Ousmane Sembène’s 20-minute debut, Borom Sarret, released in 1966 and often cited as the first film produced by an indigenous African, established a tone for Senegalese cinema that, if Moussa Touré‘s The Pirogue is any indication, still thrives to this day. Borom Sarret follows the cosmic punishment of a poor cart driver in Dakar as his day of hard labor goes from bad to Kafkaesque; the black humor is of the bleakest, brutalist variety, and the film is nothing short of a masterpiece. That The Pirogue fails to hit this lofty mark perhaps says less about the quality of the film itself than it does about the indelible mark Sembène’s legacy left on the Senegalese film industry, but the comparison, however unfair, seems apt: Touré‘s dramatic sensibility hews closely to the spirit of world-weariness that Sembène’s cinematic dirges popularized, and like Sembène’s, his worldview is characterized by the feeling that, at the end of the day, some degree of loss or defeat is inevitable.
In the case of The Pirogue, the prospect of defeat looms over the very premise: Thirty men and women undertake a dangerous voyage across the Atlantic on what is essentially a motorized raft, hoping for safe passage from the shores of their native Senegal to some far-off Spanish idyll. That they won’t sail especially smoothly should come as no surprise. One of the film’s most appealing qualities, steady across the first act, is the dry humor with which Touré regards his chosen milieu; the sense of helplessness before circumstance so pervades the daily life of his protagonist, Baye Laye, that his hesitation to set sail for (literally) greener pastures is framed as an almost perverse obligation to a place with little for him. When his wife advises him to avoid Spain and head instead for China (there’s a crisis in Europe, she observes), Laye can do little more than shrug. Touré lets the suggestion hang in the air to ironic effect: What’s a European crisis compared to daily life for them at home?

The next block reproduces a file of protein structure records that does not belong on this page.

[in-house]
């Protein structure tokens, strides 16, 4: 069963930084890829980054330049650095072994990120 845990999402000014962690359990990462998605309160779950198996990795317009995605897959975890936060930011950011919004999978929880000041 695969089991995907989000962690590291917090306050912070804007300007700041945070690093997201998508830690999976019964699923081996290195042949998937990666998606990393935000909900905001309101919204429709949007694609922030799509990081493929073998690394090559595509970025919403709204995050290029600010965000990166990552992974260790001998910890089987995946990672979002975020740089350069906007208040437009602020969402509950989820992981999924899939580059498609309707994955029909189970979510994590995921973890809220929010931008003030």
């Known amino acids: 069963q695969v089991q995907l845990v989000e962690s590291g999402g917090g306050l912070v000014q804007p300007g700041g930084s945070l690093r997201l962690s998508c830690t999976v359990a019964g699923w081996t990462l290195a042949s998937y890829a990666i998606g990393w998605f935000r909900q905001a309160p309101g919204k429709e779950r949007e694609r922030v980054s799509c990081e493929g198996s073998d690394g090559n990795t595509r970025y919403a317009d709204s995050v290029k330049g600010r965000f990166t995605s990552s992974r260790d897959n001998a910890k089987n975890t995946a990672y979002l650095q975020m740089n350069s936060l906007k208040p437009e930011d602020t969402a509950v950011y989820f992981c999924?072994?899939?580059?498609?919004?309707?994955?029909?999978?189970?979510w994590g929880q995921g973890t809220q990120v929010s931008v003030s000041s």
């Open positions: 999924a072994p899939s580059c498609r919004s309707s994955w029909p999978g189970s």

This sort of savvy screenwriting, however, all but disappears once Laye and his crew actually board their meager vessel, replaced by an unfortunate reliance on stock types and dramatic cliché. The Pirogue is thus rather quickly transformed into a generic variation on the classic Lifeboat scenario, with its motley huddled masses feeling the strain of survival as their numbers gradually thin. The authenticity of the story—a title card informs us that over 30,000 Senegaleses have emigrated by way of pirogue boats in the manner depicted here—lends it a certain gravity, conferring the sense that what we’re watching has real-world stakes. But the second and third acts’ tension-ratcheting contrivances, which quickly graduate from innocently misguided to genuinely hackneyed, actively work against any goodwill the film has worked to earn; by the time a too-convenient deux ex machina has arrived to liberate the screenplay from the task of wrapping things up, the action has long since lost credibility. This is a shame, especially given that Touré, having exhausted his arsenal of shopworn conventions during the climax, manages to close the film on a poignant, bittersweet note—one that, given how far off course the film drifted, it never really earned.